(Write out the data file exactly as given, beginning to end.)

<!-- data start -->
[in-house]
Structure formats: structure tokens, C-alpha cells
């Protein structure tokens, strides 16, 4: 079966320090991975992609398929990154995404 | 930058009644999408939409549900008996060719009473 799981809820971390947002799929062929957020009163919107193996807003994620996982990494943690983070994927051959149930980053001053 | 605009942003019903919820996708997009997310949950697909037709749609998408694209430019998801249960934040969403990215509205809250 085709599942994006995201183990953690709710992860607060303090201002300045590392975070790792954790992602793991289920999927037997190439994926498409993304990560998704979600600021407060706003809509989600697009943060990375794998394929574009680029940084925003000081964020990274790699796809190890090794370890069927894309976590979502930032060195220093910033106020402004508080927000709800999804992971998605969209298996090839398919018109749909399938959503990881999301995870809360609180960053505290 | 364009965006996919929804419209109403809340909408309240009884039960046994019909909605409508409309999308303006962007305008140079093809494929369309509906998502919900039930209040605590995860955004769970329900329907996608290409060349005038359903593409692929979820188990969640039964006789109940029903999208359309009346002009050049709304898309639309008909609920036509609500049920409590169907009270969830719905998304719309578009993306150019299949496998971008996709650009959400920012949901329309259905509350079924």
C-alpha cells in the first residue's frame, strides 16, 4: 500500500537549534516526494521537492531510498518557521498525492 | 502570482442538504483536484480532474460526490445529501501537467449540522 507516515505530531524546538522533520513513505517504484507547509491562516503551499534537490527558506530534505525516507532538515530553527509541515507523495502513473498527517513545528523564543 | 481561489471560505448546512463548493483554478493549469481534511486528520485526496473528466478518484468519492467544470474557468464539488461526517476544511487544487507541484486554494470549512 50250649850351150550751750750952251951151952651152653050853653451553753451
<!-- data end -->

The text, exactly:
[in-house]
Structure formats: structure tokens, C-alpha cells
């Protein structure tokens, strides 16, 4: 079966320090991975992609398929990154995404 | 930058009644999408939409549900008996060719009473 799981809820971390947002799929062929957020009163919107193996807003994620996982990494943690983070994927051959149930980053001053 | 605009942003019903919820996708997009997310949950697909037709749609998408694209430019998801249960934040969403990215509205809250 085709599942994006995201183990953690709710992860607060303090201002300045590392975070790792954790992602793991289920999927037997190439994926498409993304990560998704979600600021407060706003809509989600697009943060990375794998394929574009680029940084925003000081964020990274790699796809190890090794370890069927894309976590979502930032060195220093910033106020402004508080927000709800999804992971998605969209298996090839398919018109749909399938959503990881999301995870809360609180960053505290 | 364009965006996919929804419209109403809340909408309240009884039960046994019909909605409508409309999308303006962007305008140079093809494929369309509906998502919900039930209040605590995860955004769970329900329907996608290409060349005038359903593409692929979820188990969640039964006789109940029903999208359309009346002009050049709304898309639309008909609920036509609500049920409590169907009270969830719905998304719309578009993306150019299949496998971008996709650009959400920012949901329309259905509350079924």
C-alpha cells in the first residue's frame, strides 16, 4: 500500500537549534516526494521537492531510498518557521498525492 | 502570482442538504483536484480532474460526490445529501501537467449540522 507516515505530531524546538522533520513513505517504484507547509491562516503551499534537490527558506530534505525516507532538515530553527509541515507523495502513473498527517513545528523564543 | 481561489471560505448546512463548493483554478493549469481534511486528520485526496473528466478518484468519492467544470474557468464539488461526517476544511487544487507541484486554494470549512 50250649850351150550751750750952251951151952651152653050853653451553753451